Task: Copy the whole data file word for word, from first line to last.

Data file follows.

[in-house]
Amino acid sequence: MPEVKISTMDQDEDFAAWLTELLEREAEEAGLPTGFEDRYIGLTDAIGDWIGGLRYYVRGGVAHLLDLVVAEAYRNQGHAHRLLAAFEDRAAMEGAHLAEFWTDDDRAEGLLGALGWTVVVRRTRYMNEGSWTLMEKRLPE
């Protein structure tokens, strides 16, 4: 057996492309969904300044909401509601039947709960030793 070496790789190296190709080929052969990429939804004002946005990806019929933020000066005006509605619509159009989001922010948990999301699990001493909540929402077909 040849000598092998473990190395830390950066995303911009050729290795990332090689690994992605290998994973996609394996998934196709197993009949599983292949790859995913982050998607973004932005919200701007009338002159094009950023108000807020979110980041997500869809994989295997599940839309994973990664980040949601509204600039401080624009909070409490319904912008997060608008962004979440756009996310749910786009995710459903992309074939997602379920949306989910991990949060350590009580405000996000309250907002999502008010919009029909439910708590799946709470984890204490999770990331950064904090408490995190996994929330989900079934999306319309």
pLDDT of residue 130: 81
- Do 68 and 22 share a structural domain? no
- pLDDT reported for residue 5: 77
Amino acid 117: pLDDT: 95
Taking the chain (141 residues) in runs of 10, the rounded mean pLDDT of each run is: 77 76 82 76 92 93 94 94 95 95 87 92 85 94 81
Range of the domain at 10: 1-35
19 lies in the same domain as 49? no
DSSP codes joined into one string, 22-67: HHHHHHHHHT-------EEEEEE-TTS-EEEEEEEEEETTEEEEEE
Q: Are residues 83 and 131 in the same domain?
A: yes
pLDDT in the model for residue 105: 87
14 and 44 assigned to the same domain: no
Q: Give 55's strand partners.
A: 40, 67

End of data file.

[in-house]
Amino acid sequence: MPEVKISTMDQDEDFAAWLTELLEREAEEAGLPTGFEDRYIGLTDAIGDWIGGLRYYVRGGVAHLLDLVVAEAYRNQGHAHRLLAAFEDRAAMEGAHLAEFWTDDDRAEGLLGALGWTVVVRRTRYMNEGSWTLMEKRLPE
């Protein structure tokens, strides 16, 4: 057996492309969904300044909401509601039947709960030793 070496790789190296190709080929052969990429939804004002946005990806019929933020000066005006509605619509159009989001922010948990999301699990001493909540929402077909 040849000598092998473990190395830390950066995303911009050729290795990332090689690994992605290998994973996609394996998934196709197993009949599983292949790859995913982050998607973004932005919200701007009338002159094009950023108000807020979110980041997500869809994989295997599940839309994973990664980040949601509204600039401080624009909070409490319904912008997060608008962004979440756009996310749910786009995710459903992309074939997602379920949306989910991990949060350590009580405000996000309250907002999502008010919009029909439910708590799946709470984890204490999770990331950064904090408490995190996994929330989900079934999306319309």
pLDDT of residue 130: 81
- Do 68 and 22 share a structural domain? no
- pLDDT reported for residue 5: 77
Amino acid 117: pLDDT: 95
Taking the chain (141 residues) in runs of 10, the rounded mean pLDDT of each run is: 77 76 82 76 92 93 94 94 95 95 87 92 85 94 81
Range of the domain at 10: 1-35
19 lies in the same domain as 49? no
DSSP codes joined into one string, 22-67: HHHHHHHHHT-------EEEEEE-TTS-EEEEEEEEEETTEEEEEE
Q: Are residues 83 and 131 in the same domain?
A: yes
pLDDT in the model for residue 105: 87
14 and 44 assigned to the same domain: no
Q: Give 55's strand partners.
A: 40, 67